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Court to Hear Case on 'Insider' Stock Tips

December 16, 1986|DAVID G. SAVAGE | Times Staff Writer

WASHINGTON — In a case that could more clearly define what is illegal "insider" information on the stock market, the Supreme Court said Monday it will hear the appeal of a former Wall Street Journal reporter convicted of stock fraud for giving several stockbrokers advance tips on items that would appear in his newspaper column.

The attorneys for R. Foster Winans, the Journal reporter, say he had no inside information about the corporations discussed in his column, and, therefore, should not have been convicted under the federal laws regulating the securities industry.

Called a 'Pure Outsider'

"He was a pure outsider. He had no connection with any corporation being traded," said Benjamin W. Heineman Jr., an attorney representing reporters and broadcasters who have joined Winans' appeal.

The Securities Industry Assn., which represents stockbrokers, also backed the appeal, contending that brokers could be threatened if the government can prosecute all those who deal in stock gossip.

But the Justice Department says Winans engaged in a "fraud or deceit" that used "non-public" corporate information--here, tips on when certains stocks would be featured in the Journal--to make money in the stock market. A favorable mention of a company in Winans' column often helped its stock surge in value.

"These activities netted (Winans and his co-conspirators) trading profits of $700,000," noted U.S. Solicitor General Charles Fried.

In the case (Carpenter, Felis and Winans vs. the United States, 86-422), to be heard next fall, the court will get a chance to draw a line between corporate information that is secret and, therefore, off-limits for traders, and information that is legally accessible.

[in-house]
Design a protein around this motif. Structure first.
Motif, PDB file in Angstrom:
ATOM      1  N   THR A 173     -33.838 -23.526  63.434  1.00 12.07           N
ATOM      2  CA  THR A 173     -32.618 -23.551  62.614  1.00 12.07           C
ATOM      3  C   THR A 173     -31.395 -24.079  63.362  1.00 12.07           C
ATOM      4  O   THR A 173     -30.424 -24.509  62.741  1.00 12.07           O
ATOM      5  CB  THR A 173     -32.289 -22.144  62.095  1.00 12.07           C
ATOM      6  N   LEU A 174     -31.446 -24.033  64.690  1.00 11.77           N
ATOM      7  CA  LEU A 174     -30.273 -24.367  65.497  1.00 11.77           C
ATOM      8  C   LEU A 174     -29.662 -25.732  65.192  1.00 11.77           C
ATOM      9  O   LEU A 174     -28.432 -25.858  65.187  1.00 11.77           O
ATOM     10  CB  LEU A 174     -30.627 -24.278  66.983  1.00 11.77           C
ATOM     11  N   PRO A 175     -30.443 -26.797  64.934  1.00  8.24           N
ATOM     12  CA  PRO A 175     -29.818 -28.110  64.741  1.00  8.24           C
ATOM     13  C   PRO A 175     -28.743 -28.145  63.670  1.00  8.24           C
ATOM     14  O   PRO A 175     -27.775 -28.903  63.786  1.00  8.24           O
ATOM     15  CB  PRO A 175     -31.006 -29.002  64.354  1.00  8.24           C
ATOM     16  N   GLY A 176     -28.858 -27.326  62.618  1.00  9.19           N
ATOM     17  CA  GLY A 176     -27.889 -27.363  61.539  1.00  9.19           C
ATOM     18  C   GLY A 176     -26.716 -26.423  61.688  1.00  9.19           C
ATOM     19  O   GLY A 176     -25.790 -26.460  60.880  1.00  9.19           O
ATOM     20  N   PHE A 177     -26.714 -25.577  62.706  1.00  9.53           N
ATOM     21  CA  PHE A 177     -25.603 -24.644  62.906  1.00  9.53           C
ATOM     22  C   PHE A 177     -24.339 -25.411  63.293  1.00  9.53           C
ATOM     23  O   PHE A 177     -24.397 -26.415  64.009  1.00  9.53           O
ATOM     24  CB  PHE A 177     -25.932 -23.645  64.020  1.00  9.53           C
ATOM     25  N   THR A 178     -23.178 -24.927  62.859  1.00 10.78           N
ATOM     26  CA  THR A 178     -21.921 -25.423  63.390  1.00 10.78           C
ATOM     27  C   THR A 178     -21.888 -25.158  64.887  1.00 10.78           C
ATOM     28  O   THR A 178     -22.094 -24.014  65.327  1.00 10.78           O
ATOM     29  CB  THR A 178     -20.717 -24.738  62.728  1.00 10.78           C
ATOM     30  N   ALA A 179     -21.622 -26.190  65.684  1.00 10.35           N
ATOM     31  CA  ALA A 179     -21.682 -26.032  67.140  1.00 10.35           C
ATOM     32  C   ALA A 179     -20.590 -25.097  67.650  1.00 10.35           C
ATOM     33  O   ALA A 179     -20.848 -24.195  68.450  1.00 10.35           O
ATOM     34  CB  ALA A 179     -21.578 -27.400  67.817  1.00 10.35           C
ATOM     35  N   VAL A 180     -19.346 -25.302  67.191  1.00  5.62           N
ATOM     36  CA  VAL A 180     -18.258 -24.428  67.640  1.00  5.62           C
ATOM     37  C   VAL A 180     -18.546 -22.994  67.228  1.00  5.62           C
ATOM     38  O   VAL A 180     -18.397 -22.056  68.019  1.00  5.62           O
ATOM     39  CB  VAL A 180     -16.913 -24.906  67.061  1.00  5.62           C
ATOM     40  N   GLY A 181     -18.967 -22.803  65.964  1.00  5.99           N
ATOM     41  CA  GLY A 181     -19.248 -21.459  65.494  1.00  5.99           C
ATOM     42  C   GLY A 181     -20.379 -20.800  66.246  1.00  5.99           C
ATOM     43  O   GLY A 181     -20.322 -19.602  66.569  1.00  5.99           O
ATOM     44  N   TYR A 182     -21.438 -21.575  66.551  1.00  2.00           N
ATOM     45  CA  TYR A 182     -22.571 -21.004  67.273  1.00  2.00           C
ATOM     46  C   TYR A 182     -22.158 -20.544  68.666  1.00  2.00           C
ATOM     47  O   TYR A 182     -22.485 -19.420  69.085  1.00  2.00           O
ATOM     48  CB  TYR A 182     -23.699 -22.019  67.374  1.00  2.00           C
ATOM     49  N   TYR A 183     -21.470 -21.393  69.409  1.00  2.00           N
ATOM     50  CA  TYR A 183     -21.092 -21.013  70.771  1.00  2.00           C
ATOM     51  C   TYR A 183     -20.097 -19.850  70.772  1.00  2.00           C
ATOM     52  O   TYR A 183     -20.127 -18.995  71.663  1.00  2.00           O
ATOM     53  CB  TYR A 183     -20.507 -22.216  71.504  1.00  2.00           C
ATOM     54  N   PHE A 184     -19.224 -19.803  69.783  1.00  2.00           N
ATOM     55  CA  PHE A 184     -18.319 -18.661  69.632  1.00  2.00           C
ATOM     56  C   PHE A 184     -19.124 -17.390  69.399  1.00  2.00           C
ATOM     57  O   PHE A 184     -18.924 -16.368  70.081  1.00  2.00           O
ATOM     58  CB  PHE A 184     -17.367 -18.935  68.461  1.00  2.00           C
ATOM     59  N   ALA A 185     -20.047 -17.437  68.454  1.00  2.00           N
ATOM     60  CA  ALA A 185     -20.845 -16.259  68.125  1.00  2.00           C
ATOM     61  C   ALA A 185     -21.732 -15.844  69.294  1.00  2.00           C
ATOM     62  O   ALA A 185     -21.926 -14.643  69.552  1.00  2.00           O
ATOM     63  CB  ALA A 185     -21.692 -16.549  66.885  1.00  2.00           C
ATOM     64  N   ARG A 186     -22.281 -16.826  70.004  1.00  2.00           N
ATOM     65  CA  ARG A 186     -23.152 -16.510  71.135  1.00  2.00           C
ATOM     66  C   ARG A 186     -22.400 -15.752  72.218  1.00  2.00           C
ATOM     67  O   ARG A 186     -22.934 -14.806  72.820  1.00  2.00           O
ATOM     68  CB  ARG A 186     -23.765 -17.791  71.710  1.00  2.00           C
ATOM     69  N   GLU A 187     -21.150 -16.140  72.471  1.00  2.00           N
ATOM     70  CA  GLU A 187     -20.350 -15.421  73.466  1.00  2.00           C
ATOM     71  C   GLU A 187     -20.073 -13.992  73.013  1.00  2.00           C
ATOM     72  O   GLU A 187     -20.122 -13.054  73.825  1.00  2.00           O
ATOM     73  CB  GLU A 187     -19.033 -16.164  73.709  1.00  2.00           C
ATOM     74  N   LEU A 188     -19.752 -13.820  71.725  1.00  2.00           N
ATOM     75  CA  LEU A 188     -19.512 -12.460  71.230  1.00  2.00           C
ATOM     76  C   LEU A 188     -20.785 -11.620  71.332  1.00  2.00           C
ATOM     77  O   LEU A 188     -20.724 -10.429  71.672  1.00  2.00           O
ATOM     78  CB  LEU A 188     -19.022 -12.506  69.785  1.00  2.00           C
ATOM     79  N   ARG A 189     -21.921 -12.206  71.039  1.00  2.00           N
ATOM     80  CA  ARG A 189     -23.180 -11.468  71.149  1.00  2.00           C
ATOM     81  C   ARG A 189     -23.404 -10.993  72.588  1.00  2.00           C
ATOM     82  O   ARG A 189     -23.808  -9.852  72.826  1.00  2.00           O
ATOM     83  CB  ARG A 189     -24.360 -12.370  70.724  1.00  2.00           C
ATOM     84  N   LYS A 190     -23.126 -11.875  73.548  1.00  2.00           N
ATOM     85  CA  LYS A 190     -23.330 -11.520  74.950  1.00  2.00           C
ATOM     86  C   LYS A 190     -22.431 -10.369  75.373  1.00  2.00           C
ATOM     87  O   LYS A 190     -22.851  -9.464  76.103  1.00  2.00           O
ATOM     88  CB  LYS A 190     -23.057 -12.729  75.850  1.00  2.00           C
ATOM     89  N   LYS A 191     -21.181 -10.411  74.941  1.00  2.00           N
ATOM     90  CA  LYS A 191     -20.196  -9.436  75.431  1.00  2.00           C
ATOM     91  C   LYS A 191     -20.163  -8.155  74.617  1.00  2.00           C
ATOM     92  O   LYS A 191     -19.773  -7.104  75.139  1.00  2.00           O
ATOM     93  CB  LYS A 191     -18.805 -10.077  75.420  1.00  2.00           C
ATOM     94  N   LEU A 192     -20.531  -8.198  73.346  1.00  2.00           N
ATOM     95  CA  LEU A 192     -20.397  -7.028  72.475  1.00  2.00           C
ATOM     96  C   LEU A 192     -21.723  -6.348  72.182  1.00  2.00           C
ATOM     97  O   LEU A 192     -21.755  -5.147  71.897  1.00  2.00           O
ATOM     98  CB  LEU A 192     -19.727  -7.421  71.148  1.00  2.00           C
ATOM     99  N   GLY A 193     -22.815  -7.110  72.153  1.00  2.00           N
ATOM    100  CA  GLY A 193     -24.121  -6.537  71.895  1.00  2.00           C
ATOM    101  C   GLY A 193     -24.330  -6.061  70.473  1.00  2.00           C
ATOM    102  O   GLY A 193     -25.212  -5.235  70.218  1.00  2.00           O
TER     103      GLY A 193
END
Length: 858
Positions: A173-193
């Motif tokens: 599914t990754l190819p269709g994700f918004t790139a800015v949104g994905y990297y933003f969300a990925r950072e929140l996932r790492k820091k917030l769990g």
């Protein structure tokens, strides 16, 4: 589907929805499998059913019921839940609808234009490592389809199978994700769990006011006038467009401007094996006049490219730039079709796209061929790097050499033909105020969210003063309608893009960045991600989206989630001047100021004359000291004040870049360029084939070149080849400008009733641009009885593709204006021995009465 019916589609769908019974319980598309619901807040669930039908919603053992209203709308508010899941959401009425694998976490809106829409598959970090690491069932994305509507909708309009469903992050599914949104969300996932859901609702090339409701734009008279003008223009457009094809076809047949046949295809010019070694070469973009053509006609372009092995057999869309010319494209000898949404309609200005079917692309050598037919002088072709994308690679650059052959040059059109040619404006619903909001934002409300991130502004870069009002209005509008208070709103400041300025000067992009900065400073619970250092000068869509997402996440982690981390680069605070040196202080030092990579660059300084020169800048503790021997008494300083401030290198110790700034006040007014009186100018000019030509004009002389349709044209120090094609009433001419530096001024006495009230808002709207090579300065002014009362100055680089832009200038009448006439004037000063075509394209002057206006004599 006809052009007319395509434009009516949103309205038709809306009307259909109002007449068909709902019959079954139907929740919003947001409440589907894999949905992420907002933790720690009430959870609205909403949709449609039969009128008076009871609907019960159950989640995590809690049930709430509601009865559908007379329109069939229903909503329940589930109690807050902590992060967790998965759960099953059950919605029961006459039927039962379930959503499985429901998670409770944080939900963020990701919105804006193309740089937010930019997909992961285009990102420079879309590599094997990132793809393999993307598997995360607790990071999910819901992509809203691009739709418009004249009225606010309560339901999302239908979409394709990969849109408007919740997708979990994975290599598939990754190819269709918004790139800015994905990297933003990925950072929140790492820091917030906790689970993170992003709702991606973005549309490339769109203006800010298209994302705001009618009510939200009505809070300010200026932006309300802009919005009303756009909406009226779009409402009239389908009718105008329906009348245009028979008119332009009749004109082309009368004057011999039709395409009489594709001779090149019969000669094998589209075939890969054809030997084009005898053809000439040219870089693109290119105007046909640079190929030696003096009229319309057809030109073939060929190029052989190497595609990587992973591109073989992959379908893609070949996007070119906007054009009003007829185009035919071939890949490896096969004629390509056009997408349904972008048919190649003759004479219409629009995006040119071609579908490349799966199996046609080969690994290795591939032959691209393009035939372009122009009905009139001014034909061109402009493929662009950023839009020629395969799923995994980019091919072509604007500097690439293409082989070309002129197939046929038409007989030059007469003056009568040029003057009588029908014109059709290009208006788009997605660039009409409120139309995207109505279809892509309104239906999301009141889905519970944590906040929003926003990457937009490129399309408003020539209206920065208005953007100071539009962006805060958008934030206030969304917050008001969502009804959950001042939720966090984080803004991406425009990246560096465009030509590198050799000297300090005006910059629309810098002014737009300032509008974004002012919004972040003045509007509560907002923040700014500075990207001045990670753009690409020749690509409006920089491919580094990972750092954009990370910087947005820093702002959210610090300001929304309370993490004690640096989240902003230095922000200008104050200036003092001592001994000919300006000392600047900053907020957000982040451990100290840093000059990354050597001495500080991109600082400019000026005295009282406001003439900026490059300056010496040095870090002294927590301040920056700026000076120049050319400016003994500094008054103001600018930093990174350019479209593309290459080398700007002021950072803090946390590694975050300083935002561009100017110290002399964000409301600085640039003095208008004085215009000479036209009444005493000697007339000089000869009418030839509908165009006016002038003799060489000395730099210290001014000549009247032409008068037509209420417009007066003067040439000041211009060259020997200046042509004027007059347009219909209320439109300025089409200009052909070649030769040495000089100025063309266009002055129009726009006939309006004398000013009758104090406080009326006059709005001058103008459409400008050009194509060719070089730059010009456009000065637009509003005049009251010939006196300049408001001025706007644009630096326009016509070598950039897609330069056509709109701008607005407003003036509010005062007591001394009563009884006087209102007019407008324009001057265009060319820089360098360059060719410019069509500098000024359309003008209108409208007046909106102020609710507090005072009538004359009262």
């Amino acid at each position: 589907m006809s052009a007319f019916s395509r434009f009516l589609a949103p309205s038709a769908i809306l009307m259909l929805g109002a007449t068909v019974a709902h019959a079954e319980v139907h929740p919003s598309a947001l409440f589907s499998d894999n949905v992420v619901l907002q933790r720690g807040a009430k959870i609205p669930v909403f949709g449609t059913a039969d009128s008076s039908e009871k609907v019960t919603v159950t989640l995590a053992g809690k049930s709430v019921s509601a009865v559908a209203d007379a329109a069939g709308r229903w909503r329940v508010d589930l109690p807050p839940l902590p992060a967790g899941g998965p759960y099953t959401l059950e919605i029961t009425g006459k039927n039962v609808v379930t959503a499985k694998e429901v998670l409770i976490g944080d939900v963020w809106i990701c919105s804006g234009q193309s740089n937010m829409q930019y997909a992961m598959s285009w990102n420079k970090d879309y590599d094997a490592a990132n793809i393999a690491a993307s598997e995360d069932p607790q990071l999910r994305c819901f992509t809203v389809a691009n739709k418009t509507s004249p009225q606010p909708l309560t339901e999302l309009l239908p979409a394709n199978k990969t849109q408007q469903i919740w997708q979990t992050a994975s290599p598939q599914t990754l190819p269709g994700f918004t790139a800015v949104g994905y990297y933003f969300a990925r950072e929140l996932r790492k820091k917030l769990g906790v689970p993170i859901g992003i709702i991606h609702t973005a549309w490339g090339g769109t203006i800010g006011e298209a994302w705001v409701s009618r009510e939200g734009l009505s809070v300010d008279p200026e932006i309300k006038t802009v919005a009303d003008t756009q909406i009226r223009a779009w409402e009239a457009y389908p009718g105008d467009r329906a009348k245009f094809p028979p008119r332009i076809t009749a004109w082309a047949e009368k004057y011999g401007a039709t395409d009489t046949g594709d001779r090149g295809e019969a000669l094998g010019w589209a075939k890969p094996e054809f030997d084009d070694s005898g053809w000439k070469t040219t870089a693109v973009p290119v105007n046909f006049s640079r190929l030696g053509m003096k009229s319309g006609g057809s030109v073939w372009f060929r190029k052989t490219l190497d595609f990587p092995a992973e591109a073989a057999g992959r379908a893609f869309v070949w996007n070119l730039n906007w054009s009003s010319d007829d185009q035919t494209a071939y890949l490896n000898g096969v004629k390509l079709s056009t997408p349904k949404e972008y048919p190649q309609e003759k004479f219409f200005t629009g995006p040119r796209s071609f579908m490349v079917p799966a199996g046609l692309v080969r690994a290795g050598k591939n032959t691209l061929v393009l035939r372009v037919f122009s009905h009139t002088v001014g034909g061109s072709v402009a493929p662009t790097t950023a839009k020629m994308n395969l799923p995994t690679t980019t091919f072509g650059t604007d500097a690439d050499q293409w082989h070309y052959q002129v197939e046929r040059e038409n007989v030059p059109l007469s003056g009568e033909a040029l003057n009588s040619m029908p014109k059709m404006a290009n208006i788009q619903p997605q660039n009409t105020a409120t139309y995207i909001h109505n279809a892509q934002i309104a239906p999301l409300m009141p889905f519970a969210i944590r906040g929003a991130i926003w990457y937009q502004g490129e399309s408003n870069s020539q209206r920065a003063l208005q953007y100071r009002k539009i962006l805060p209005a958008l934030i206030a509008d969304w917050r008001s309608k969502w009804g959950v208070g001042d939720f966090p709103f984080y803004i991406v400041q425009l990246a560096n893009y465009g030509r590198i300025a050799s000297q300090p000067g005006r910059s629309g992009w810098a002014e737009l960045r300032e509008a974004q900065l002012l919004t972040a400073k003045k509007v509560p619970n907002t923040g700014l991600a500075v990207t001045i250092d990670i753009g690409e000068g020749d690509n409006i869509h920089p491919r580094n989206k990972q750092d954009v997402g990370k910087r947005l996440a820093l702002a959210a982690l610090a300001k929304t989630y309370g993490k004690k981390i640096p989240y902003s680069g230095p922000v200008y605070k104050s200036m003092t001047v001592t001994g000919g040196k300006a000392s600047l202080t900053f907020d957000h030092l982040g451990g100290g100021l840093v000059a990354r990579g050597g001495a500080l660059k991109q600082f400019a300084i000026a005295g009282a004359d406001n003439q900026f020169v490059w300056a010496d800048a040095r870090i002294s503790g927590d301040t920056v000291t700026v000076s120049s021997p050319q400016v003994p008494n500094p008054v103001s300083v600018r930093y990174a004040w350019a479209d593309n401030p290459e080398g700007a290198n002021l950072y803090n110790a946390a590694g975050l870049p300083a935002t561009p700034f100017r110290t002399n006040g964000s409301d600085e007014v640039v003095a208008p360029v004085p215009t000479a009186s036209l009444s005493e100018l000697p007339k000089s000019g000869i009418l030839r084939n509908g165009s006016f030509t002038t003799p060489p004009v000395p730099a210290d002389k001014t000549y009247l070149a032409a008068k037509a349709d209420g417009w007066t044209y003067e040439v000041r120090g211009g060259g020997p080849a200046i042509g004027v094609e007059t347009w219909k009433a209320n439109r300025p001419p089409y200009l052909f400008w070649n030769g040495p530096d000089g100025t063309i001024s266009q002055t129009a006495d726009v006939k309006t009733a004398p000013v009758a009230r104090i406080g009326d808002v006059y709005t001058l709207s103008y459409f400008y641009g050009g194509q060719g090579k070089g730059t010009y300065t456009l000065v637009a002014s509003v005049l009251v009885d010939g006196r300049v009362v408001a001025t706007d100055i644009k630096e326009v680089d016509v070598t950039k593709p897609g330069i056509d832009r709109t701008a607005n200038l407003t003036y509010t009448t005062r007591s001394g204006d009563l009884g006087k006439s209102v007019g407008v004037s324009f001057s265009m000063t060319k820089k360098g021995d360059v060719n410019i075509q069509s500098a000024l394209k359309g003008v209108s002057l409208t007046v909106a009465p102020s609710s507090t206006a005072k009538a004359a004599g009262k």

Conspiracy Uncovered

Winans from 1982 to 1984 was the author of the Journal's "Heard on the Street" column, which reported market gossip about various companies. In October, 1983, he conspired with two stockbrokers at Kidder, Peabody & Co. to tell them the general tenor of the columns in advance of publication so they could trade in the stocks to be mentioned. He received kickbacks from the profits. An investigator from the Securities and Exchange Commission spotted a pattern to the trading and was able to break the conspiracy.

Winans was fired and subsequently sentenced to 18 months in prison. On a 2-1 vote, the U.S. 2nd Circuit Court of Appeals upheld this conviction in May, concluding that Winans' disclosure of "the Journal's own confidential schedule of forthcoming publications" constituted "fraud and deceit" under the laws of the securities industry.

In appealing this decision to the high court, attorneys representing brokers and journalists say the appeals court ruling broadens the scope of the securities law beyond what was intended by Congress.

"This gives the SEC completely unbridled discretion on when they will go after someone," said Heineman, a Washington lawyer representing nine news groups, including the Reporters Committee for Freedom of the Press, the National Assn. of Broadcasters and the American Society of Magazine Editors. "This case goes to the heart of what the stock market is about. His column had information that is literally 'heard on the street.' "

Appeals Court Backed

But in support of the SEC, the solicitor general says the appeals court ruling was correct.

"In making the argument (that Winans did not disclose 'inside information')," he and his co-conspirators "fail to acknowledge the obvious: that their trading directly undermined the integrity of the securities market. Their scheme permitted them to make trades that otherwise would not have occurred, and to do so with an advantage grounded on their use of fraudulently misappropriated information that was not lawfully available to others," Fried said in his brief to the court.

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